On 29 January 2020, the US awoke to the news that Russia is considering to leave unilaterally the US-USSR Maritime Boundary Agreement delimiting the maritime area of the Bering Strait, according to the statements made to Russian media by Konstantin Kosachev, the Head of the Russian Duma’s International Relations Committee. Such a move, if implemented, will allow Russia to laying claim on a portion of the US economic zone off Alaska, a step that has been promoted strongly by Boris Nevzorov, a Russian senator from Kamchanka, in order to restore what he claims is a loss of 500,000 tons of fish and crab per year, as well as gain access to oil and gas fields worth hundreds of billions of dollars.
The proposed legal move targeting the Bering Strait is based on a loophole in Russia’s domestic laws – article 15 of Russia’s law on international treaties – which stipulates that all agreements concerning Russia’s borders must be ratified in order to enter into legal force. Since, according to Russian Deputy Foreign Minister Sergey Ryabkov, the agreement was not properly ratified neither by the USSR, nor by Russia, its application is considered by Russia as merely “temporary”. the Russian senators blamed the late Edward Shevarnadze, for conceding to delineate the US-Soviet border according to the US rules (based on a straight line), and not international ones (equidistant from both shores). This exploitation of loopholes or retroactively claimed irregularities in negotiating international agreements, is fundamental tenet of Russia’s aggressive manipulation of international legal regimes, known as “lawfare”. Lawfare” is a pivotal domain of Russia’s hybrid warfare that has received relatively less attention in the West compared to its information and cyber warfare, but that is not less dangerous to America and the West, as a whole, due to its global outreach (as currently demonstrated) and the opportunities it provides to the Kremlin for manipulating the international legal system in favor of its expansionist goals in Eurasia and beyond.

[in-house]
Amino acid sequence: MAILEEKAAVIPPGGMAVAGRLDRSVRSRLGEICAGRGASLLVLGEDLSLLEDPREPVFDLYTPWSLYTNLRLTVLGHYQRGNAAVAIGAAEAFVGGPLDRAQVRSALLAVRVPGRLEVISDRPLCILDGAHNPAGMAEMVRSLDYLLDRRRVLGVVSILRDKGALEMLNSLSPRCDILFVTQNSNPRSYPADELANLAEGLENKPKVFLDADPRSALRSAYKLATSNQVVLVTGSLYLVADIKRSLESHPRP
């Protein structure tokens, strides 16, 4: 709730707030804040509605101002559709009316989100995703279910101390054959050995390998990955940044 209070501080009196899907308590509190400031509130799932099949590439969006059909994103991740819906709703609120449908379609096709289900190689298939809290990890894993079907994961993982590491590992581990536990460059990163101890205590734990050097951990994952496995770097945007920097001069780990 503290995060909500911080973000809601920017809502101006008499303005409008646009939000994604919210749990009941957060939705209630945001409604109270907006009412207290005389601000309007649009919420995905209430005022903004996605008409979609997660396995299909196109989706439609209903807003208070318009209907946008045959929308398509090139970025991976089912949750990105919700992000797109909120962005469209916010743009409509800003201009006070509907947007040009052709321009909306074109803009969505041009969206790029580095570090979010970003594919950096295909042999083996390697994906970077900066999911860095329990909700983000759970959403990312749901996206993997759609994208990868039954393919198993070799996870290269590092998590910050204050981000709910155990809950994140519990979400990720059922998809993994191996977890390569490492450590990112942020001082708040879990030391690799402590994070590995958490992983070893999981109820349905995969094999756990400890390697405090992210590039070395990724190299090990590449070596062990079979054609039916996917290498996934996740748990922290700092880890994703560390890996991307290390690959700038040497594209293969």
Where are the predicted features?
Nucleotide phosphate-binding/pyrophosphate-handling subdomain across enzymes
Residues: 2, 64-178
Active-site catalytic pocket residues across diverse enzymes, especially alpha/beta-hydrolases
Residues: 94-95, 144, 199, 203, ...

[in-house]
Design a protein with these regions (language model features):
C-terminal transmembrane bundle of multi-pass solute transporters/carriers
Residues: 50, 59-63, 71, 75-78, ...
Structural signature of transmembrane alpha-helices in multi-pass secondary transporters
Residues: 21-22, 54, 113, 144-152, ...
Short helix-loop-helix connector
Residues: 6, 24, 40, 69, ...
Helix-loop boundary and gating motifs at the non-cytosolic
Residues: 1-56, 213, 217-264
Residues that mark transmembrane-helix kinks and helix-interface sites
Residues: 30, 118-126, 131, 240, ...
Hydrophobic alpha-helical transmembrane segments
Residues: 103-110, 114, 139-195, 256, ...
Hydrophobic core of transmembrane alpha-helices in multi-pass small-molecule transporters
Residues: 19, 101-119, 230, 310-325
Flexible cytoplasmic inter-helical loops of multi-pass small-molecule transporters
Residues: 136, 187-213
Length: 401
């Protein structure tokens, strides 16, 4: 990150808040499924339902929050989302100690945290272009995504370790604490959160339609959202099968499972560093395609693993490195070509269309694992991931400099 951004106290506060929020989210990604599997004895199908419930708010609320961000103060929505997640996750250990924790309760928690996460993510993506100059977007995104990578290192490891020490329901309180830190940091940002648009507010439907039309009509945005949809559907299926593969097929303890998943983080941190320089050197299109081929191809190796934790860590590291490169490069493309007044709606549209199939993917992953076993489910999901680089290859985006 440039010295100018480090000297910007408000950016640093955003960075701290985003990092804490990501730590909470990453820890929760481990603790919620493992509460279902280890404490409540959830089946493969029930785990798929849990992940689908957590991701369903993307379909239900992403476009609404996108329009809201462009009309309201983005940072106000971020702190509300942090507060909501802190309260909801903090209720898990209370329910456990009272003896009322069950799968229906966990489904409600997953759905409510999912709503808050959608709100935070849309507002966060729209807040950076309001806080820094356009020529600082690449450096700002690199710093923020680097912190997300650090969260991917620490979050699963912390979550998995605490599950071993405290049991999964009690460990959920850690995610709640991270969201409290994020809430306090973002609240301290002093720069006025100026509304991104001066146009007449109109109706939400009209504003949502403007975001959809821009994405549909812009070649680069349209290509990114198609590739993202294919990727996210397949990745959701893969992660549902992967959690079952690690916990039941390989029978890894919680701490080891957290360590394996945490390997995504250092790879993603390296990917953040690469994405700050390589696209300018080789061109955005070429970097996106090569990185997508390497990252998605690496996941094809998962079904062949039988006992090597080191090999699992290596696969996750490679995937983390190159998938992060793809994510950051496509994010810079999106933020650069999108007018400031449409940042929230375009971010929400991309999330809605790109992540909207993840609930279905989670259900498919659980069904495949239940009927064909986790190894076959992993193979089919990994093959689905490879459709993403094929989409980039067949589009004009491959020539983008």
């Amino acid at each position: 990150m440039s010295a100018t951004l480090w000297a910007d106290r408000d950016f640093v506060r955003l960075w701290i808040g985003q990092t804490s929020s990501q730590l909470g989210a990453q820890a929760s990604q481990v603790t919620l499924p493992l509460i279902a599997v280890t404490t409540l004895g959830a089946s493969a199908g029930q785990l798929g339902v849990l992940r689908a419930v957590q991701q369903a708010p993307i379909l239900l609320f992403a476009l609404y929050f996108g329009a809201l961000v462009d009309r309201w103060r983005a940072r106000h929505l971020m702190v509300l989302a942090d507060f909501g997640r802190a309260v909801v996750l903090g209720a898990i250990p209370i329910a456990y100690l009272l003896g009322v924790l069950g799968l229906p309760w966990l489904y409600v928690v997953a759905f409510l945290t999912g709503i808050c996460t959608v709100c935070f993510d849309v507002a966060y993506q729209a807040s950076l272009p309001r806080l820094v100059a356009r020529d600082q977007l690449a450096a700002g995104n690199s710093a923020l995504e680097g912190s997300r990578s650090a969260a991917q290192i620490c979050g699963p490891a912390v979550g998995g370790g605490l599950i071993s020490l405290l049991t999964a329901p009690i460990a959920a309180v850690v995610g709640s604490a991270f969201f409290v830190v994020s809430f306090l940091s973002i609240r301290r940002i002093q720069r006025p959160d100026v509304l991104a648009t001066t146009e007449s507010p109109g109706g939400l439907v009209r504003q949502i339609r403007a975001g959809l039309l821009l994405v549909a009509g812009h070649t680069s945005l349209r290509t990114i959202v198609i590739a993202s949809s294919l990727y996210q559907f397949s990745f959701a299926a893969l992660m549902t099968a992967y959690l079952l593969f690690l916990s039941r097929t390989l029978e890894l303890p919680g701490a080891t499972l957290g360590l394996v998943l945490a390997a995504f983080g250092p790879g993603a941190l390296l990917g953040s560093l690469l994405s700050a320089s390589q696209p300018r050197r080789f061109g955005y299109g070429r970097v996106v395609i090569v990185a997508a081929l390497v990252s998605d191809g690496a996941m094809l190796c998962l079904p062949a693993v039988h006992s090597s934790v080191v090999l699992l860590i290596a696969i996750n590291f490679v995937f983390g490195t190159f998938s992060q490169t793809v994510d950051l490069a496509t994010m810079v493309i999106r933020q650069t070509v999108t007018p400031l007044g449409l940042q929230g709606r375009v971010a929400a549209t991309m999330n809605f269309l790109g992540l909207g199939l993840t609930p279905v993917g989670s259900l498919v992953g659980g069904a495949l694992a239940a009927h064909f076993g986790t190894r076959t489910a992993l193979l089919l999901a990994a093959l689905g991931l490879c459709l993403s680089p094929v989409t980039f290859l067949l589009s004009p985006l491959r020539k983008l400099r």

The Kremlin unleashed its aggressive lawfare campaign upon its neighbors as early as 2008, when it launched the war against Georgia on the pretext of protecting Russian citizens there. This was followed in 2014 by the annexation of Crimea that the Kremlin claimed to have been justified through a sham “popular referendum” that purportedly aimed merely to satisfy the rights of self-determination of a fictitious “Crimean nation”. Now the Kremlin’s lawfare campaign is about to be deployed to the Far East and threatens to touch upon the American shores, and our vital interests in one of the most strategic areas of the world – the Arctic. There, Russia has long been pushing to extend its exclusive economic zone based on an excessive claim to the UN CLOS that the underwater shelf there is a natural extension of the Russian landmass. Based on that, last year Russia upped the ante and demanded that all naval vessels crossing the northern Route comply with its excessive demands for advance permission, information and accepting Russian pilots. In NATO’s European zone of responsibility, the Black and the Baltic Seas have been the scene of constant Russian violations of international law that are also being justified as based on legal claims – unresolved territorial waters disputes over maritime borders, especially the legal control over the Kerch Strait and Crimea. In December 2018, Russia justified its attacking and kidnapping of Ukrainian naval vessels and their crews in the Kerch Strait by claiming that they had violated Russia’s territorial waters due to the improper or lacking delineation of the two maritime areas. In that case, a technical legal claim of bilateral nature had serious human and security consequences, and now Russia’s success there has emboldened it to apply its lawfare techniques outside of the Black Sea area where it first tested them by laying the groundwork for limiting the Western nations’ freedom of navigation in the Arctic, and now potentially in the Bering Strait.